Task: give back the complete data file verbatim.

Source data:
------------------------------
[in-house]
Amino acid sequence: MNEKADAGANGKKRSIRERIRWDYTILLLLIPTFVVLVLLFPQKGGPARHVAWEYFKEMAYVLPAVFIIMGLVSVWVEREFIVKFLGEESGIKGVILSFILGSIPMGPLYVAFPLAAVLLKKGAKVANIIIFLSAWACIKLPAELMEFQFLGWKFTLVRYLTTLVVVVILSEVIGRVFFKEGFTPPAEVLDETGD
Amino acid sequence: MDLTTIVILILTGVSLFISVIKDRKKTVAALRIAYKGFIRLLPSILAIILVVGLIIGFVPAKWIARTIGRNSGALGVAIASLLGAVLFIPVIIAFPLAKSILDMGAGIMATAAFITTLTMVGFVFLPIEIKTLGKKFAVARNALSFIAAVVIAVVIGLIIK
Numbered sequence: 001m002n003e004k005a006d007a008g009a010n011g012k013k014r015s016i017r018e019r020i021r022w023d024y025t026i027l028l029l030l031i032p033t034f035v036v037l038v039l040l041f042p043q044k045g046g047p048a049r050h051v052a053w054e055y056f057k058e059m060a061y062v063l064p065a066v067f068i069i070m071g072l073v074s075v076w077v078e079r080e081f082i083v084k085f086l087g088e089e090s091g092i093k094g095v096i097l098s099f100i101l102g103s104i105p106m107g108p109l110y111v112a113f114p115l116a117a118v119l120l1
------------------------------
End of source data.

[in-house]
Amino acid sequence: MNEKADAGANGKKRSIRERIRWDYTILLLLIPTFVVLVLLFPQKGGPARHVAWEYFKEMAYVLPAVFIIMGLVSVWVEREFIVKFLGEESGIKGVILSFILGSIPMGPLYVAFPLAAVLLKKGAKVANIIIFLSAWACIKLPAELMEFQFLGWKFTLVRYLTTLVVVVILSEVIGRVFFKEGFTPPAEVLDETGD
Amino acid sequence: MDLTTIVILILTGVSLFISVIKDRKKTVAALRIAYKGFIRLLPSILAIILVVGLIIGFVPAKWIARTIGRNSGALGVAIASLLGAVLFIPVIIAFPLAKSILDMGAGIMATAAFITTLTMVGFVFLPIEIKTLGKKFAVARNALSFIAAVVIAVVIGLIIK
Numbered sequence: 001m002n003e004k005a006d007a008g009a010n011g012k013k014r015s016i017r018e019r020i021r022w023d024y025t026i027l028l029l030l031i032p033t034f035v036v037l038v039l040l041f042p043q044k045g046g047p048a049r050h051v052a053w054e055y056f057k058e059m060a061y062v063l064p065a066v067f068i069i070m071g072l073v074s075v076w077v078e079r080e081f082i083v084k085f086l087g088e089e090s091g092i093k094g095v096i097l098s099f100i101l102g103s104i105p106m107g108p109l110y111v112a113f114p115l116a117a118v119l120l1